As finance director, it’s your worst nightmare!
As finance director, it's your worst nightmare! Your most talented creative director comes into your office with your sharpest account director. They ask if they "can have a word". You get that sinking feeling and you're right – only it's worse than you thought. They sheepishly, but happily, inform you that they have decided to join your biggest rival (with the remainder of your star team!), or that they are forming a breakaway agency. They promptly disappear to the wine bar to discuss how it went. Meanwhile you are reeling from the shock and doing mental gymnastics with your potential loss of revenue.
When staff are the life blood of your business you need to keep it healthy. There are two types of medicine: prevention and cure.
The key message here must be to have a proper contract of employment which deals with the following:
Have an express provision to prohibit the removal of confidential information after employment has ended.
Have the power to exclude senior employees from the office (often called "garden leave") so that you can take them out of the marketplace for a while if necessary. This right needs to be very clearly set out in the contract of employment – there is no implied right to garden leave employees. The advantage of operating a garden leave provision (rather than relying on post-termination restrictions) is that it gives the employer complete control over the employee's actions during the notice period. The disadvantage is that you still have to pay the employee.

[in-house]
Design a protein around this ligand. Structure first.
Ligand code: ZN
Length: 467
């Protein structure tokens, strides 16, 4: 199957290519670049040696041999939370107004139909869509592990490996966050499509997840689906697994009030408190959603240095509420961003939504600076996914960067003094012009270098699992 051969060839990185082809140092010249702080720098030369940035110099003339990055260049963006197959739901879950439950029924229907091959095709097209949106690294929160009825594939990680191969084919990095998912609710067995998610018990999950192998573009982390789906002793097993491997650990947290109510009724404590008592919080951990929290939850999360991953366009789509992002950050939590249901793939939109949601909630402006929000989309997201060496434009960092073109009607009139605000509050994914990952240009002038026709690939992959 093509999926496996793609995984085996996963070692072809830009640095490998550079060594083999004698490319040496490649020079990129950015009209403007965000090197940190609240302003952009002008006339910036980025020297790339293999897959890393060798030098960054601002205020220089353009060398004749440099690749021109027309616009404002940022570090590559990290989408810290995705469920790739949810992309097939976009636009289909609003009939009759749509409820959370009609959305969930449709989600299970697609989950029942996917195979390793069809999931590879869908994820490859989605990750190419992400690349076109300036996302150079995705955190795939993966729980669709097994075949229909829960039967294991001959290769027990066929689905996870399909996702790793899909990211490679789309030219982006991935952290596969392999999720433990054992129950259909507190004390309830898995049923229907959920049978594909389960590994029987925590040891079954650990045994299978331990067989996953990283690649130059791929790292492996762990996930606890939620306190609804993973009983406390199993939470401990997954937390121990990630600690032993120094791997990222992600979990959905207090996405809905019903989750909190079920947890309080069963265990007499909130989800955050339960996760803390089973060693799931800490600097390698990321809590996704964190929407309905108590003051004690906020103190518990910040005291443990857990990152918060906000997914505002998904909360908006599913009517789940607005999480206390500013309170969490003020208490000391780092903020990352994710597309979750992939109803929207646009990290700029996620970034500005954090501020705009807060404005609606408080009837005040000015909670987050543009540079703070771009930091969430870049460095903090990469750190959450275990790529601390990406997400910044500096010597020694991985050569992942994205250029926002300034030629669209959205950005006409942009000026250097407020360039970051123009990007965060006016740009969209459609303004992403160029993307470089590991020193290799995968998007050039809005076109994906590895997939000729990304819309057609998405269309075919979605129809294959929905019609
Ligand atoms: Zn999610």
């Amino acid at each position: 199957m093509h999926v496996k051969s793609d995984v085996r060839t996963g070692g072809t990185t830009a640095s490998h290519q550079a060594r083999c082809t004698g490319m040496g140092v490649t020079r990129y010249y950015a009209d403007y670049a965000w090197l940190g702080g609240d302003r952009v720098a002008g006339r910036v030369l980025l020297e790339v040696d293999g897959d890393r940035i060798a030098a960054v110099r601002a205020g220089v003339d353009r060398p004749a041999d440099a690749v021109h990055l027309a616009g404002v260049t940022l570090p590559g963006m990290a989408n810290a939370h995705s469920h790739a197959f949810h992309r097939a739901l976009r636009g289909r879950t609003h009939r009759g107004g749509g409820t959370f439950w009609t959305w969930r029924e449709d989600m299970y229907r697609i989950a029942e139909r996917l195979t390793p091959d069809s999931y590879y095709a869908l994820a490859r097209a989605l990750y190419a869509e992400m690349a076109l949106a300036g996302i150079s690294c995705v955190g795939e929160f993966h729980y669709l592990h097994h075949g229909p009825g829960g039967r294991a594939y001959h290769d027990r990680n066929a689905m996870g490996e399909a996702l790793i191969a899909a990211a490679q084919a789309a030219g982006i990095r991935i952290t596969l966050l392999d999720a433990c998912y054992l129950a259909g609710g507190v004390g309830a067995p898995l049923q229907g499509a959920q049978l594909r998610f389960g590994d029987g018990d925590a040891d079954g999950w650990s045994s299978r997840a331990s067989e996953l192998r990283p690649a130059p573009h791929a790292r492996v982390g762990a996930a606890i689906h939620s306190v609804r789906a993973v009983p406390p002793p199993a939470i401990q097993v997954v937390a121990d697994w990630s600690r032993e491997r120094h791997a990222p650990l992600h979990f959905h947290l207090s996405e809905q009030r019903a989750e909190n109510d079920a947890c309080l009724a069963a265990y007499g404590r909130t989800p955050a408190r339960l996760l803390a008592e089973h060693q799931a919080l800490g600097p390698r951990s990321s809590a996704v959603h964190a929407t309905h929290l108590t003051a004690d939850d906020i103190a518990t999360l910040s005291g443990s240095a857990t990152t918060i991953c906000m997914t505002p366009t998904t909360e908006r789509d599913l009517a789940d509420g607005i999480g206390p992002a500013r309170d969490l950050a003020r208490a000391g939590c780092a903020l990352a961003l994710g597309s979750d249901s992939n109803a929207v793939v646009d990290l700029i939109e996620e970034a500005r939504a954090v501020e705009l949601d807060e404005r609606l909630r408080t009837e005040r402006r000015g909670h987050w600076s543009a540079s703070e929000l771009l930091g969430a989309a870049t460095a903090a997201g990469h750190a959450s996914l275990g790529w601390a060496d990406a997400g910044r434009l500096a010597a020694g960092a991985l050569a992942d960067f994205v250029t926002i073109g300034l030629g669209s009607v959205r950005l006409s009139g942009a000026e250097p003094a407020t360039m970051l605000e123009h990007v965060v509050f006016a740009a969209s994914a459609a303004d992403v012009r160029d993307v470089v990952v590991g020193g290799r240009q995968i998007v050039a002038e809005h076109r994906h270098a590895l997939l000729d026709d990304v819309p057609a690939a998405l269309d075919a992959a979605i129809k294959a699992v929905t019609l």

Use carefully-crafted post-termination restrictions to prevent key clients and employees from following your defection.
If the employee is a director you need the power to remove him from the Board without automatically terminating his employment.
If you suspect the team is about to defect then you need to gather evidence. The two key points here are:
Don't delay; and
Don't breach the individual's contract of employment.
Immediately gather the employee's contract of employment to see what cards you have and then:
Consider isolating the team from other employees, clients and confidential information. Garden leave is commonly used here, but only if there is power under the contract of employment.
Retrieve confidential information.
Monitor emails. Do you have an email policy in place which will allow the employer to do this?
Monitor expense claims. That sudden increase in client lunches may reveal solicitation of clients at your expense!
Remind the employee (in writing) of termination covenants contained in their contracts and the fact that whilst he is your employee they have an obligation to act in the agency's best interests.
Consider notifying the new employer of the post-termination restrictions contained in their existing contracts of employment. This has a "double whammy" effect of ensuring that the new employer can't claim that it didn't know about the restrictions. It may also reduce the new employer's interest in the employees if it realises the employee can't bring that major client account with him for at least six months after starting work.
Consider poaching a team of your own (without inducing breach of contract)!